By creating tests for learners we can provide the necessary stresses that competition will provide, this way learners will actively be engaged with figuring out how to deal with such situations. The mechanisms that mediate skill in stressful conditions will only be learned if practiced under the same, if not more stressful conditions.
Rather than just using explanations and demonstrations in coaching it has been proven to be of more use creating appropriate tests. Any attempt to retrieve something learned earlier, even when no corrective feedback is given, can be considerably more effective in the long term.
Testing has been viewed mostly as a way of measuring, and assessing, rather than learning, and its now time to change that.
If a learner has been presented with a situation that a coach has provided knowledge on in the past, and the learner choses to execute a less than desirable and appropriate shot, then this highlights what was misunderstood or not learned opening the door for a fruitful coaching moment.
Real world example!
Prior to a short game shot, the coach provided the learner with suggestions as to the best possible actions (explanation/demonstration), however the learner in the ‘test’ situation choses a different action. You now know there was a lack of understanding, or lack of learning prior, which opens up a great opportunity to re-learn past information in a practical setting.
Challenge point theory
Challenge point theory is a relatively new concept published by Dr. Mark Guadagnoli, and Dr. Tim Lee. The central idea of this theory is to create practices that are appropriate for the learner. A large emphasis is about the difficulty of the practice task v’s the skill level of the golfer, and what is the most beneficial to optimally developing motor skills.
Dr. Guadagnoli, & Dr. Lee presented the idea with much research suggesting that a new golfer with a low level of skill is better off spending time in practice tasks that are slightly easier, and in a blocked style. Conversely the research suggests that golfers with a higher level of skill (typically more experienced golfers) are better off spending time in practice tasks that are slightly harder, and in an interleaved style.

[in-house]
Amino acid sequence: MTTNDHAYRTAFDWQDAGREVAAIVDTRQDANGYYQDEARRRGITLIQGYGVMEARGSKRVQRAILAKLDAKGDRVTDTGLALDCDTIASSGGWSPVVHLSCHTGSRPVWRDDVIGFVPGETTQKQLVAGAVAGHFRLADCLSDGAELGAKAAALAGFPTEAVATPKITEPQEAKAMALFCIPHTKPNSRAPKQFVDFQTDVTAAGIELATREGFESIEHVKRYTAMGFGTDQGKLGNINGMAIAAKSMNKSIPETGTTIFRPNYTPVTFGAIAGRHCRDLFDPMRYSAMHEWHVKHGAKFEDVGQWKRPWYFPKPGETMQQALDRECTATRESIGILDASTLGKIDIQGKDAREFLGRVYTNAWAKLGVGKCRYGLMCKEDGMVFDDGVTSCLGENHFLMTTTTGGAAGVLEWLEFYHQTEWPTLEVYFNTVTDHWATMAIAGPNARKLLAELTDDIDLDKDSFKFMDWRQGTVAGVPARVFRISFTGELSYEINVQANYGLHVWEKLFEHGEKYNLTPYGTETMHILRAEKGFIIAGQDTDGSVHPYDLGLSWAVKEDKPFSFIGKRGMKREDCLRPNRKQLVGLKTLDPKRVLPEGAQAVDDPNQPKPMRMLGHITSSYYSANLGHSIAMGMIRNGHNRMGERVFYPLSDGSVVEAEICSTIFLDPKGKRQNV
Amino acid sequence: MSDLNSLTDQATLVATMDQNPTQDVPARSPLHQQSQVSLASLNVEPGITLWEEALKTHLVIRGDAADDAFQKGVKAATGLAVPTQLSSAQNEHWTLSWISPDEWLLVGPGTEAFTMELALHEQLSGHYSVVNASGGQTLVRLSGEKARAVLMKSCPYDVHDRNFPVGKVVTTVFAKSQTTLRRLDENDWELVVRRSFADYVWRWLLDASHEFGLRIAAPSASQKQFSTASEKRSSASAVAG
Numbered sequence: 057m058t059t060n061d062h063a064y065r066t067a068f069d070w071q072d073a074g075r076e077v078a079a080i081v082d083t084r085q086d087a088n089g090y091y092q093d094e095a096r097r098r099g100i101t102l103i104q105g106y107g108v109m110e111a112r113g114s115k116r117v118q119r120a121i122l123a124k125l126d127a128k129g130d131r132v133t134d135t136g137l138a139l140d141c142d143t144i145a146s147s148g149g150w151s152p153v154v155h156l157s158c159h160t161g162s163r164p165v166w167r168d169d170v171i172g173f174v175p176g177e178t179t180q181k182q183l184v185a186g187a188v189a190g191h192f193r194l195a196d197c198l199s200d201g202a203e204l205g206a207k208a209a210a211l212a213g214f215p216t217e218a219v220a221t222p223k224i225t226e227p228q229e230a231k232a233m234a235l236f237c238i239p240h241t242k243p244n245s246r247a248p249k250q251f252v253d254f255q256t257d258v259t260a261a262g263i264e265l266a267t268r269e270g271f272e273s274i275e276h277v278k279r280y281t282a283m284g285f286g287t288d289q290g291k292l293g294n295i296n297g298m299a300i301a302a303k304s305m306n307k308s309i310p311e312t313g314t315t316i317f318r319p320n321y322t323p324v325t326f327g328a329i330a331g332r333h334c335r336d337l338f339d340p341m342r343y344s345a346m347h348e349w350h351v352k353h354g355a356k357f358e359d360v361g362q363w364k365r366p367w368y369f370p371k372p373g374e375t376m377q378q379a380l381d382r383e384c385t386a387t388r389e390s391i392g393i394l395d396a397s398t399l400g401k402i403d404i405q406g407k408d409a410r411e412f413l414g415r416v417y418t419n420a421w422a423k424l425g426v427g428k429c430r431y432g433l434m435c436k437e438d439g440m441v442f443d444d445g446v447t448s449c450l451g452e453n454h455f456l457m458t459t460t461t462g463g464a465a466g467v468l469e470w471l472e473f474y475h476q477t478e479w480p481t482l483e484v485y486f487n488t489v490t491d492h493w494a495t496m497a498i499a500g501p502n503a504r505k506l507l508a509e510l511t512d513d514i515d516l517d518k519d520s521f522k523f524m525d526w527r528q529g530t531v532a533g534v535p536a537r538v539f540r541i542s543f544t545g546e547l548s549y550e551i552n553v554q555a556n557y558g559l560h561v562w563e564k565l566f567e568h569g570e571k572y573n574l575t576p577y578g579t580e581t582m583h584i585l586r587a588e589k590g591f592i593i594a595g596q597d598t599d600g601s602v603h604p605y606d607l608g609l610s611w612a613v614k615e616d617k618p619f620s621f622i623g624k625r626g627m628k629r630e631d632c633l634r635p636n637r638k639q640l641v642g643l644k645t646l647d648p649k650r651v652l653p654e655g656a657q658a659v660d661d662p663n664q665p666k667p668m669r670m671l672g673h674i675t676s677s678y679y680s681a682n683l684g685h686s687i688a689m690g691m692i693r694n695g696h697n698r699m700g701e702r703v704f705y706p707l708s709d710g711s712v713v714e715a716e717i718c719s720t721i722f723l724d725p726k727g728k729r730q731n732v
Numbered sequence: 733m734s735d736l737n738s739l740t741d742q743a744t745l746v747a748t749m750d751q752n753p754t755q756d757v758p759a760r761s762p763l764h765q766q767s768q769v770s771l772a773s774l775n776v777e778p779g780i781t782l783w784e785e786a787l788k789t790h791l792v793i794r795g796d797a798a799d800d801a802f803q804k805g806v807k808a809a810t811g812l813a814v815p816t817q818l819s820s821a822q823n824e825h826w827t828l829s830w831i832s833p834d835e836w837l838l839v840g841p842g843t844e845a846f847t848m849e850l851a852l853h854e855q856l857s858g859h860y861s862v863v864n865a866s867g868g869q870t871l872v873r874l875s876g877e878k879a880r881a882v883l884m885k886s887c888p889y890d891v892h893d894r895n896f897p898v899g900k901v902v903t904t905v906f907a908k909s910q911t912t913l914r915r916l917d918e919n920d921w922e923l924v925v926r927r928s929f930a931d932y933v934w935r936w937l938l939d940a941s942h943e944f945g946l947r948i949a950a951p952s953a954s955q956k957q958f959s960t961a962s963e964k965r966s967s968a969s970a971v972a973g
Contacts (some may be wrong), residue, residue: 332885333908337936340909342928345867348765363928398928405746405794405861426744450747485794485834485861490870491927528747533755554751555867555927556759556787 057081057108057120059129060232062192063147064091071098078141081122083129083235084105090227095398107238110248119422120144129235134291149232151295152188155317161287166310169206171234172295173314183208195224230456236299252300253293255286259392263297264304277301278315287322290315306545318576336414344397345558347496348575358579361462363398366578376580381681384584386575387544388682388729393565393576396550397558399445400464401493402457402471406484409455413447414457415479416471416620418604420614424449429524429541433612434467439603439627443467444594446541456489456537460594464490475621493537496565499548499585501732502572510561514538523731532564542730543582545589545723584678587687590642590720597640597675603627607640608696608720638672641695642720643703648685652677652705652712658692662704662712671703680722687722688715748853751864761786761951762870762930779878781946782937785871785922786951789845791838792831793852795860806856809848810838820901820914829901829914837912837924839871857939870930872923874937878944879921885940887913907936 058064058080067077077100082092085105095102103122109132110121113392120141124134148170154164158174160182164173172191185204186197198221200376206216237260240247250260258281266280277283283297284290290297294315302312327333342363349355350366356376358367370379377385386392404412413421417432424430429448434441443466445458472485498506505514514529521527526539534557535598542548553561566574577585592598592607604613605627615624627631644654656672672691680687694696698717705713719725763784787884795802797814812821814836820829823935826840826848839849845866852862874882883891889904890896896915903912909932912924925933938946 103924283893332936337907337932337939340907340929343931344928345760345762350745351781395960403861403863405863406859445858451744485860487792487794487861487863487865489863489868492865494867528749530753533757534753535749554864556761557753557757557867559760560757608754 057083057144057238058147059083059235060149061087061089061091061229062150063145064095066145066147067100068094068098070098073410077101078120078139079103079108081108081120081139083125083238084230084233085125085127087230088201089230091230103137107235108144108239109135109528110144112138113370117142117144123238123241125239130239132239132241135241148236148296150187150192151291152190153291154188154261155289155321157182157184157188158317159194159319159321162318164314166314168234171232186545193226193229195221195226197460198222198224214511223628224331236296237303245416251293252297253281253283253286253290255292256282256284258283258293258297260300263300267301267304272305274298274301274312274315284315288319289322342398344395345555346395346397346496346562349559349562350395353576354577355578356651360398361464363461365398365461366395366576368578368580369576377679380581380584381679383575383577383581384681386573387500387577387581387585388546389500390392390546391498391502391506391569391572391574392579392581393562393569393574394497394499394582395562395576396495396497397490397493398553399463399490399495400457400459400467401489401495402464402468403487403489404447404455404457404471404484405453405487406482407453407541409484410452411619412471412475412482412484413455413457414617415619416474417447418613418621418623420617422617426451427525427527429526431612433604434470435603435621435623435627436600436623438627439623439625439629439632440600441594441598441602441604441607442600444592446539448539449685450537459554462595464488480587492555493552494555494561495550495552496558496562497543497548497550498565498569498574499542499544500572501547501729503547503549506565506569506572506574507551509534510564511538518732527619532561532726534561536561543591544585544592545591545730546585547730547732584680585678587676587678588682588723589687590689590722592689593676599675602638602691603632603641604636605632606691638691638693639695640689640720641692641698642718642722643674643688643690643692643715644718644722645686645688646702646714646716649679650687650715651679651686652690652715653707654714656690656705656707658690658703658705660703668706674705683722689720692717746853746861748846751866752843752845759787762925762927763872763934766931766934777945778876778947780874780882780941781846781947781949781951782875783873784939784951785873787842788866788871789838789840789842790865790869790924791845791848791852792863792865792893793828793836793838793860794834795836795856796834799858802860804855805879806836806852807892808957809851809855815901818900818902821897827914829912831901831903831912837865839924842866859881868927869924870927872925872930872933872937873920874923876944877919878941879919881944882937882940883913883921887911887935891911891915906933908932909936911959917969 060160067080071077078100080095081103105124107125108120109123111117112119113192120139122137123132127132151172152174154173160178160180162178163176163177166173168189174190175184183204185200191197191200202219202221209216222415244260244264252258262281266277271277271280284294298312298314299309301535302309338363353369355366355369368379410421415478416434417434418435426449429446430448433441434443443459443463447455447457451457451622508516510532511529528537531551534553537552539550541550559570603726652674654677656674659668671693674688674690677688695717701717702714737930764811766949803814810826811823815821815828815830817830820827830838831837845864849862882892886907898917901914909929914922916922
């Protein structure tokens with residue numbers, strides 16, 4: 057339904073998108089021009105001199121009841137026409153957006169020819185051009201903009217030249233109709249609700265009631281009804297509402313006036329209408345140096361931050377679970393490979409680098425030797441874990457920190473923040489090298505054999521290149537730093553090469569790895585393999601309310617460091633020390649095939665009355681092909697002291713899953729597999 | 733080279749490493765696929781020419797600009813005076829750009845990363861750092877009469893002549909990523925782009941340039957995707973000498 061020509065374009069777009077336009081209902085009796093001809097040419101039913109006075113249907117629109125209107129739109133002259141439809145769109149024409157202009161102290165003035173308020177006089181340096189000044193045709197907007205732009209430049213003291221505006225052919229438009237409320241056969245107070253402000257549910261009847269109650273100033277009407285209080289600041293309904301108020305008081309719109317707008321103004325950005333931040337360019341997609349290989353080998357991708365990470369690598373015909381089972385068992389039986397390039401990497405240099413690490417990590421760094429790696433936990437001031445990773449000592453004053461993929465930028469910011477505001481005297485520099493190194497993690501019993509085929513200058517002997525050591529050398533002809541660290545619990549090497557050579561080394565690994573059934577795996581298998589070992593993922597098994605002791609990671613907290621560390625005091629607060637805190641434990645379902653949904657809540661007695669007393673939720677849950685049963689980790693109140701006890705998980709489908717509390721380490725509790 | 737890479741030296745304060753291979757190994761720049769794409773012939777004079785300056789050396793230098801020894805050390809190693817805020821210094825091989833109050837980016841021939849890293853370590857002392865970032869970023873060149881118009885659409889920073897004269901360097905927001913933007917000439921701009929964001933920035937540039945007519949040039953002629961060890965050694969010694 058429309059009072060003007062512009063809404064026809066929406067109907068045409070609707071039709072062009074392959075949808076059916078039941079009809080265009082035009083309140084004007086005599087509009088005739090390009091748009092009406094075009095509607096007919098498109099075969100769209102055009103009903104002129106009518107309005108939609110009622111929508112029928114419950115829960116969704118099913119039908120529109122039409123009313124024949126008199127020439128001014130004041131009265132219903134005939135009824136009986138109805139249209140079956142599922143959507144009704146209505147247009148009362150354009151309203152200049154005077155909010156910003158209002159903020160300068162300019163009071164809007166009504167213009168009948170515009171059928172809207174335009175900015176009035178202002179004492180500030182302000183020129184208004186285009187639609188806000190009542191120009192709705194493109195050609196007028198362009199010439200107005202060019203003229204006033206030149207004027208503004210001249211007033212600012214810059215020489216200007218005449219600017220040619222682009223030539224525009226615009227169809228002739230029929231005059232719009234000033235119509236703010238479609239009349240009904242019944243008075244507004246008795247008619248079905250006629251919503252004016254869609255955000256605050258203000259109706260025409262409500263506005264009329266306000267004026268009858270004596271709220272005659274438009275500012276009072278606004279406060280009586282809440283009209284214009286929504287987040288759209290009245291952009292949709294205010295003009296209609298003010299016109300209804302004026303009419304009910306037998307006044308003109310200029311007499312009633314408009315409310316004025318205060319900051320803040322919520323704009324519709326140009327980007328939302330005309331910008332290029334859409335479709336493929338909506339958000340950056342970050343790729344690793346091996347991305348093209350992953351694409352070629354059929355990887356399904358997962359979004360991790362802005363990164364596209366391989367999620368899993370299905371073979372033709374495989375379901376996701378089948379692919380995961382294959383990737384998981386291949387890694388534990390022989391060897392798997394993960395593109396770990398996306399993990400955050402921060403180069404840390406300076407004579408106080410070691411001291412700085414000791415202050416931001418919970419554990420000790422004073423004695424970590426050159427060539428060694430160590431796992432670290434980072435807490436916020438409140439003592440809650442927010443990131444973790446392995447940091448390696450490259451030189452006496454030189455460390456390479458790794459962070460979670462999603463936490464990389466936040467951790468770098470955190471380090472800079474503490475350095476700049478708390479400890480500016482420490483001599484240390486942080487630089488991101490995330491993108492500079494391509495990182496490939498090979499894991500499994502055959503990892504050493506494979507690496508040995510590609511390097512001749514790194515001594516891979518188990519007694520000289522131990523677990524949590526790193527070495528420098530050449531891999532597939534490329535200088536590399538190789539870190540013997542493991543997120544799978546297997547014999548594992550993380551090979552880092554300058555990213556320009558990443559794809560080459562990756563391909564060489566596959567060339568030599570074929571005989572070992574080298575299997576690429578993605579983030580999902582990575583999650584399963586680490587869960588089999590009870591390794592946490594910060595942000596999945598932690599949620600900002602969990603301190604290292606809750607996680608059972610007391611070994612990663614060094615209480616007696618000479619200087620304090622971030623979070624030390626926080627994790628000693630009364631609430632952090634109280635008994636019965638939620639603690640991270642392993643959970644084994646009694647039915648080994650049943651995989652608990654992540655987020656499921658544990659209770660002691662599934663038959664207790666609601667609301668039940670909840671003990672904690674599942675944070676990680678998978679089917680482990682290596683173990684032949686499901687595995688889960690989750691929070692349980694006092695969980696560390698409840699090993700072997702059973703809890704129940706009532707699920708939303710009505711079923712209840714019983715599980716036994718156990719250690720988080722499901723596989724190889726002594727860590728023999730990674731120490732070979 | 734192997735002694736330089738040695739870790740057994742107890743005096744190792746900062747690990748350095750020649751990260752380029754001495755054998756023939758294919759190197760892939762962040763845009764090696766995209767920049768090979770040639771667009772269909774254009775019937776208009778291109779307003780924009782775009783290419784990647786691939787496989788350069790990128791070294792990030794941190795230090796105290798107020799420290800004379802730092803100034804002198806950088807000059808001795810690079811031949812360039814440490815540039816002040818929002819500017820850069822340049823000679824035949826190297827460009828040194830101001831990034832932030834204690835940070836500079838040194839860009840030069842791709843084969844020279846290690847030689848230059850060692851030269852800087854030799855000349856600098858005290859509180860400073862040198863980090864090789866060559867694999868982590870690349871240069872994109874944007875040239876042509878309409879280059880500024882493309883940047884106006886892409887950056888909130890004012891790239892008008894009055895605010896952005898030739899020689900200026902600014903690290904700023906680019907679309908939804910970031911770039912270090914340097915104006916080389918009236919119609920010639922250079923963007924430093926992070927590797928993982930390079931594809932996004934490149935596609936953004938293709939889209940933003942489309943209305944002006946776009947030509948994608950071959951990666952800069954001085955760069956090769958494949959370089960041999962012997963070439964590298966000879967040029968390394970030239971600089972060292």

There is no research to suggest exactly what practice tasks are too difficult, and too easy, however having the awareness will allow for a practice design that is more appropriate.
Use this model graph as a guide!
Here is an image derived from the research paper published on ‘Challenge Point Theory’ that visually shows the gradual progression of task difficulty relative to the gradual improvements of the player:
Feedback was once believed to be most effective when it is presented to the learner as quickly, and descriptively as possible. This also seems to be quite logical.
Most recently scientists have provided a helpful insight to the amount of feedback appropriate for the varying skill levels, and experience of learners. Research now suggests that providing feedback instantly, and extremely descriptively however is not always the best thing to do.
Feedback is relevant to the particular level of the individual receiving the feedback.
For those golfers with less experience, who posses a skill level that is relatively low, you would be more susceptible to beneficially receiving feedback often, and descriptively.
Golfers with a lot more experience, who posses a skill level that is relatively high, this person would be more susceptible to beneficially receiving feedback less often, and less descriptively.
Here is a diagram to show the differentiation:
There are lots of scientific theories that strongly support a newer, and different approach to golf practice. These theories have been around a long time but have struggled to reach the mass market of golf coaches who spend everyday teaching in the trenches. It is only in most recent years that this information has become much more accessible for the bread and butter of golf, which is the golf instructors.
- Make practice more unpredictable for the better golfers, and more predictable for the beginner golfers. Follow the graph to adjust throughout the course of their development.
- Test more often, and use it as a learning experience, not just a measurement.
- Take some time between tasks, and practice sessions. Spacing things out can help.
- Consider the amount, and type of feedback based off of skill level. Sometimes what you think is right isn’t.
Here at Game Like Training Golf we are committed to providing coaches relative, up to date information, tools, and education on the most current scientific findings related to golf.
Now that you’ve scratched the surface reading this document, try to implement it during your coaching sessions.